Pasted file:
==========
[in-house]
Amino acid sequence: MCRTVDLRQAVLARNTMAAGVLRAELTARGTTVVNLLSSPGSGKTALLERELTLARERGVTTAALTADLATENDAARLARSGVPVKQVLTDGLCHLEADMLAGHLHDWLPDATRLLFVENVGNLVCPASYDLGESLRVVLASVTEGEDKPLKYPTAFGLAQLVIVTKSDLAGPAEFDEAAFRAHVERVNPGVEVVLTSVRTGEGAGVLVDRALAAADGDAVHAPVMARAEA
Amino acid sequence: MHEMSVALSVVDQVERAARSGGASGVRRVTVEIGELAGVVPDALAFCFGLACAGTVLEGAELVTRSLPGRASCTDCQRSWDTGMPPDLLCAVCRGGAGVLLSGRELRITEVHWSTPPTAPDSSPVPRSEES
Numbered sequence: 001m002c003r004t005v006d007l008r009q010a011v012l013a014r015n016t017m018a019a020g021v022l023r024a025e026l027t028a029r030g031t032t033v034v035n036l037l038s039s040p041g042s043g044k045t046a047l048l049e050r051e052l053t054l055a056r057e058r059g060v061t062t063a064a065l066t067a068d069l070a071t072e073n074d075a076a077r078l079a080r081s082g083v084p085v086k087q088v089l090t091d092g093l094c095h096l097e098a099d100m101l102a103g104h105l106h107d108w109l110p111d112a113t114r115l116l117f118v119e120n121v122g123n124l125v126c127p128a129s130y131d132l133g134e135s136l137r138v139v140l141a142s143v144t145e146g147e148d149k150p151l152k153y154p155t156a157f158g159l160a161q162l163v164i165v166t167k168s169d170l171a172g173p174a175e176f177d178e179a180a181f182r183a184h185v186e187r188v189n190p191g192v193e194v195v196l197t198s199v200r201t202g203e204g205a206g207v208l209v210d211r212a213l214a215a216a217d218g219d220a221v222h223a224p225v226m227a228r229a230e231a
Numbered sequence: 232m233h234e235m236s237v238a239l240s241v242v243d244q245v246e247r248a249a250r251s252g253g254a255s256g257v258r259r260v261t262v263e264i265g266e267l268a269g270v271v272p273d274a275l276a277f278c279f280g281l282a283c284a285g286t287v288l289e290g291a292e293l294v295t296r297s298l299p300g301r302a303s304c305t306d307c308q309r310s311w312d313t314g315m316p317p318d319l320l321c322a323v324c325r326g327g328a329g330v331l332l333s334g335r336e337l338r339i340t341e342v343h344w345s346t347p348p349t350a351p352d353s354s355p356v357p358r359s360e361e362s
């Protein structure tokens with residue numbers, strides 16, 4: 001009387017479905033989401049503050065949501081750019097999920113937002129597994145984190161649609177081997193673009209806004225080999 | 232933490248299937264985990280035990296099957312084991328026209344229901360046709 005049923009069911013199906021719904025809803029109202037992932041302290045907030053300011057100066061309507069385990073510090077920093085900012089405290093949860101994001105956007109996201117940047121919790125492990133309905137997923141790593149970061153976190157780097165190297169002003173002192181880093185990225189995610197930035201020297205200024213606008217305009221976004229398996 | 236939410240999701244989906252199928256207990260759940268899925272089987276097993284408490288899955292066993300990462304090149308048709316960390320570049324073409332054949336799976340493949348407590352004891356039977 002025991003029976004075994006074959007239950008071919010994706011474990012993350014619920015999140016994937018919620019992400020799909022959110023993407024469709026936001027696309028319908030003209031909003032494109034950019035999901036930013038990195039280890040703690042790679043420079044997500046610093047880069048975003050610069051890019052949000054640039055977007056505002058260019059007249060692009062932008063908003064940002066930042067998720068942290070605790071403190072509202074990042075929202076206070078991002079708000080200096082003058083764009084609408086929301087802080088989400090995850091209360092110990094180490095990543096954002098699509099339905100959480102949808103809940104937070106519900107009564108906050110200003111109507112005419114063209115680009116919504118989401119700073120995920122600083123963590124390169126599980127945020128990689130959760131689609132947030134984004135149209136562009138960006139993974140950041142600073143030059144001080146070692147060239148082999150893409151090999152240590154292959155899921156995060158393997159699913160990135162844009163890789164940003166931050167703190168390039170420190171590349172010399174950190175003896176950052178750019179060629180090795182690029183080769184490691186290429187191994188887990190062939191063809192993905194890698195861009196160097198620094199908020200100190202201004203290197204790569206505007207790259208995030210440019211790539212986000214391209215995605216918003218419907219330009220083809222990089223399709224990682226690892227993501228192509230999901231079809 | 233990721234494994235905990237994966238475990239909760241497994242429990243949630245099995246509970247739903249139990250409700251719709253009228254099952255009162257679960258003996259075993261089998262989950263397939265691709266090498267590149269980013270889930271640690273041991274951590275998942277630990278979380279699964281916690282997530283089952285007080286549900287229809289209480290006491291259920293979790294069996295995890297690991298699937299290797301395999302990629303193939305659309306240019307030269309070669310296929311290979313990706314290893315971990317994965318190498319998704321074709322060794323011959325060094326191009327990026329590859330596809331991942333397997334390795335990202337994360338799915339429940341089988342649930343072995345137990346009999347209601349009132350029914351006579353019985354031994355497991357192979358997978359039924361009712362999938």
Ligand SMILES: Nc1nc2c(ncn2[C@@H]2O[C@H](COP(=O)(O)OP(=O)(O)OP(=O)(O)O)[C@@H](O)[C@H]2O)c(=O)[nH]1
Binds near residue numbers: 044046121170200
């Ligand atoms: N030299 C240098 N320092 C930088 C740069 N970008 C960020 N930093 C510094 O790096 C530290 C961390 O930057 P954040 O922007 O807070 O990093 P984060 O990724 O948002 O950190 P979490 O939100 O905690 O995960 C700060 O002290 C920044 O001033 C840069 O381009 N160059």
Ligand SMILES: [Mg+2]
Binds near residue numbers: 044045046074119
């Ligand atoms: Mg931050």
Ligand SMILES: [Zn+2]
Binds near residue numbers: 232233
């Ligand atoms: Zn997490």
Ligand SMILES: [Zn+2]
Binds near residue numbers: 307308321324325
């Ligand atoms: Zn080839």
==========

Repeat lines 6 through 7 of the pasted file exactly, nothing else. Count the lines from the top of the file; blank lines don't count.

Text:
């Protein structure tokens with residue numbers, strides 16, 4: 001009387017479905033989401049503050065949501081750019097999920113937002129597994145984190161649609177081997193673009209806004225080999 | 232933490248299937264985990280035990296099957312084991328026209344229901360046709 005049923009069911013199906021719904025809803029109202037992932041302290045907030053300011057100066061309507069385990073510090077920093085900012089405290093949860101994001105956007109996201117940047121919790125492990133309905137997923141790593149970061153976190157780097165190297169002003173002192181880093185990225189995610197930035201020297205200024213606008217305009221976004229398996 | 236939410240999701244989906252199928256207990260759940268899925272089987276097993284408490288899955292066993300990462304090149308048709316960390320570049324073409332054949336799976340493949348407590352004891356039977 002025991003029976004075994006074959007239950008071919010994706011474990012993350014619920015999140016994937018919620019992400020799909022959110023993407024469709026936001027696309028319908030003209031909003032494109034950019035999901036930013038990195039280890040703690042790679043420079044997500046610093047880069048975003050610069051890019052949000054640039055977007056505002058260019059007249060692009062932008063908003064940002066930042067998720068942290070605790071403190072509202074990042075929202076206070078991002079708000080200096082003058083764009084609408086929301087802080088989400090995850091209360092110990094180490095990543096954002098699509099339905100959480102949808103809940104937070106519900107009564108906050110200003111109507112005419114063209115680009116919504118989401119700073120995920122600083123963590124390169126599980127945020128990689130959760131689609132947030134984004135149209136562009138960006139993974140950041142600073143030059144001080146070692147060239148082999150893409151090999152240590154292959155899921156995060158393997159699913160990135162844009163890789164940003166931050167703190168390039170420190171590349172010399174950190175003896176950052178750019179060629180090795182690029183080769184490691186290429187191994188887990190062939191063809192993905194890698195861009196160097198620094199908020200100190202201004203290197204790569206505007207790259208995030210440019211790539212986000214391209215995605216918003218419907219330009220083809222990089223399709224990682226690892227993501228192509230999901231079809 | 233990721234494994235905990237994966238475990239909760241497994242429990243949630245099995246509970247739903249139990250409700251719709253009228254099952255009162257679960258003996259075993261089998262989950263397939265691709266090498267590149269980013270889930271640690273041991274951590275998942277630990278979380279699964281916690282997530283089952285007080286549900287229809289209480290006491291259920293979790294069996295995890297690991298699937299290797301395999302990629303193939305659309306240019307030269309070669310296929311290979313990706314290893315971990317994965318190498319998704321074709322060794323011959325060094326191009327990026329590859330596809331991942333397997334390795335990202337994360338799915339429940341089988342649930343072995345137990346009999347209601349009132350029914351006579353019985354031994355497991357192979358997978359039924361009712362999938």
Ligand SMILES: Nc1nc2c(ncn2[C@@H]2O[C@H](COP(=O)(O)OP(=O)(O)OP(=O)(O)O)[C@@H](O)[C@H]2O)c(=O)[nH]1